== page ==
What happens when we let people sleep when they want to?
Nearly half of the population shifted their sleep schedules over the course of the pandemic. For some, this might be a good thing.
Sleep thrives on a pattern, and, clearly, the pandemic hasn’t been kind to pre-pandemic patterns. COVID-19 has imposed its own schedules, and workplaces, schools and bedtimes have struggled to keep pace. A recent study offers insight into how those changes affected us – sometimes for the better.
The pandemic created an impromptu social experiment of sleep habits. Many people experienced a new flexibility in schedules, due to situations like lockdowns, work-from-home arrangements, furlough and redundancies. So what happens when people can alter their sleep habits to more closely align with their circadian rhythms?
I was part of an international study that explored this very question. Nearly 15,000 adults from 14 countries participated. Almost half of these respondents reported that their pandemic schedules more closely aligned with their natural sleep-wake cycles than their pre-pandemic schedules did.
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Social jet lag (SJL) is the gap between social schedules and natural sleep-wake cycles. People with high SJL – who have big variations in their schedules – are more susceptible to insomnia, depression, anxiety and lower wellbeing than those with consistent schedules.
For example, night owls (people who prefer to sleep later in the morning and go to bed later) who must wake early on weekdays but can sleep in on weekends have significant SJL. Early birds (those who get up early in the morning and go to bed earlier) who rise early during both weekdays and weekends have little or no SJL.
In our study, which was published in the journal Nature And Science Of Sleep in October 2021, 46 per cent of respondents reduced their SJL during the pandemic. Almost all accomplished this by shifting their schedules later – waking later, eating dinner later, going to bed later. Only 20 per cent of respondents increased their SJL, and the rest reported no change.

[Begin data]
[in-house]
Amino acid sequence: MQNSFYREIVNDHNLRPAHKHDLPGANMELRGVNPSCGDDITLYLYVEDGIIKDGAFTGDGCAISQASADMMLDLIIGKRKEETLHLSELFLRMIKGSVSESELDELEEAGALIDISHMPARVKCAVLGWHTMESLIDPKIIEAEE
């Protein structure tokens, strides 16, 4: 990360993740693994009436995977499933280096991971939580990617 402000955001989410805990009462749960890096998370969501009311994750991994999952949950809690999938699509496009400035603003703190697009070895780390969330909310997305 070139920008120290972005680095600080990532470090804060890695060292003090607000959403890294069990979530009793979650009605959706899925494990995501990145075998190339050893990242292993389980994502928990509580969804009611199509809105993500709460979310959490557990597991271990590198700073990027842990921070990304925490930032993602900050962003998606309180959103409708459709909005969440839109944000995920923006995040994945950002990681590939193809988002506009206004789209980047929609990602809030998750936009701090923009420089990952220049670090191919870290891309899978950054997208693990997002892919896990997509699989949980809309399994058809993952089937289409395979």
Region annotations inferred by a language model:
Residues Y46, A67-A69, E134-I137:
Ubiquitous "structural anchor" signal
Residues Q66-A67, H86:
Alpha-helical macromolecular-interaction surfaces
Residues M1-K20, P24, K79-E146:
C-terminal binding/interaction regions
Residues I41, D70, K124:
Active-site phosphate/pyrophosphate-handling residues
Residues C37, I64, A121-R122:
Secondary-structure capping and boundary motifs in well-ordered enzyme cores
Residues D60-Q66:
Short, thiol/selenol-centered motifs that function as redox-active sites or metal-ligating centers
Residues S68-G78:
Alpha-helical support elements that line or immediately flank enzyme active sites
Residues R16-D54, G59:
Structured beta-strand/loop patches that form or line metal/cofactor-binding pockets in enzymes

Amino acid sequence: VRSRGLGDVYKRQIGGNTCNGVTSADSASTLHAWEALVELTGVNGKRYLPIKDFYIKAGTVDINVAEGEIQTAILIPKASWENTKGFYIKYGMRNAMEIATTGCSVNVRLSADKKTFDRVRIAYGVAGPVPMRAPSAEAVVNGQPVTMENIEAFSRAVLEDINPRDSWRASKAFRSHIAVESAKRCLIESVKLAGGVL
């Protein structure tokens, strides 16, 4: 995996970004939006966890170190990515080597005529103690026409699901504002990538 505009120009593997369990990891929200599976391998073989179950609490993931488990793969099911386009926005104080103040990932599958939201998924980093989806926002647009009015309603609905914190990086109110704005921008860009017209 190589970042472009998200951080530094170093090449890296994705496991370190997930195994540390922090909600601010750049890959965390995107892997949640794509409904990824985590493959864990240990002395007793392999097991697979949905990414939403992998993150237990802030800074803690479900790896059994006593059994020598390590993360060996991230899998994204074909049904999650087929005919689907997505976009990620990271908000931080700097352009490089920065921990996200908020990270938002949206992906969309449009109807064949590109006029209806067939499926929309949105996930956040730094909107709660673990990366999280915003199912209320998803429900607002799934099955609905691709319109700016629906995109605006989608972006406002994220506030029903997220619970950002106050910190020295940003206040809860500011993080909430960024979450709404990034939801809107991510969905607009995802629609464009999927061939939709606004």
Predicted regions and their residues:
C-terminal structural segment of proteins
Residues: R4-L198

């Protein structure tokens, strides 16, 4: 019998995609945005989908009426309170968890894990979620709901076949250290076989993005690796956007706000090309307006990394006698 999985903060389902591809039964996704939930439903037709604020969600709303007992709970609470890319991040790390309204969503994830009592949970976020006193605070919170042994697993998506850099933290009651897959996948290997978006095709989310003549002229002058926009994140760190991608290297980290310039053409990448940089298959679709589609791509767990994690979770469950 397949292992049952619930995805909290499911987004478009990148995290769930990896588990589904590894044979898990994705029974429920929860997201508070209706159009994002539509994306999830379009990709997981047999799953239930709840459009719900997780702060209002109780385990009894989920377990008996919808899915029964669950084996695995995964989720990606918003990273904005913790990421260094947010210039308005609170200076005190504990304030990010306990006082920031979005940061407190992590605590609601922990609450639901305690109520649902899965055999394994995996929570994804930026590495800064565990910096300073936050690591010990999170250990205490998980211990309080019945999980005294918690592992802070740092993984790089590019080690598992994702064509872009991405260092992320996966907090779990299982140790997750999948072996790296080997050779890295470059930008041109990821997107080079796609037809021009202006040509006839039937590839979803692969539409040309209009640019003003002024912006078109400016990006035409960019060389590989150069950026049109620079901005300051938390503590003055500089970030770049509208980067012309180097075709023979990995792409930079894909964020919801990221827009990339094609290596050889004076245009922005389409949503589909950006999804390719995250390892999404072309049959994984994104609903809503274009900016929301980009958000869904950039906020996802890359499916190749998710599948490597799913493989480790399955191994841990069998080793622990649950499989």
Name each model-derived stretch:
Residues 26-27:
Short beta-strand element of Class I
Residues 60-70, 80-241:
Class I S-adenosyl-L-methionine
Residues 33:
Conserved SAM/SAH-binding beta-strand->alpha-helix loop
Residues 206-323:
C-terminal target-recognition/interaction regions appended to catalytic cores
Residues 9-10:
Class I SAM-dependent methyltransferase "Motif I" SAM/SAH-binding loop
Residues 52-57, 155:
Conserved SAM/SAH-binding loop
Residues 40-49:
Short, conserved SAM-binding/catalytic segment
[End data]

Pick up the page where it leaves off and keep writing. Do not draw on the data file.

The research showed that nearly half of the population follows a schedule that betrays their natural, later chronotype. What’s surprising, however, is that the people who reduced their SJL experienced more insomnia and stress during the pandemic than those who maintained a consistent SJL. This is probably because spending too long in bed reduces sleep efficiency, making it harder to sleep throughout the night.
More research is needed to learn if the changes that spurred these new schedules – perhaps ones that affected job status, family relationships, finances and health – overrode the potential positive effects of decreased SJL. What public health benefits may exist if this group could reduce their SJL, apart from the stressors created during COVID-19?
While work-from-home arrangements have sparked debates about where we should work, far fewer have focused on when we should work. This research shows that the ‘when’ conversation might hold as much bearing on health and happiness than the ‘where’. Aligning schedules with our personal biology is crucial. This isn’t simply about bedtimes and alarm clocks; it’s about physical and mental health.
Our study shows that forcing people to align to a single schedule only works for about half of us. What we need to study next is how more flexible schedules and new patterns may help the other half. These new findings would likely have significant implications for our sleep, as well as our mental and physical health.
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Colin Espie is professor of sleep medicine at the University of Oxford, where he is director of the Experimental and Clinical Sleep Medicine research programme. He is also clinical director of the Oxford Online Programme in Sleep Medicine. He is a senior research fellow at Somerville College and author of the best-selling book Overcoming Insomnia, the 2nd edition of which was published recently.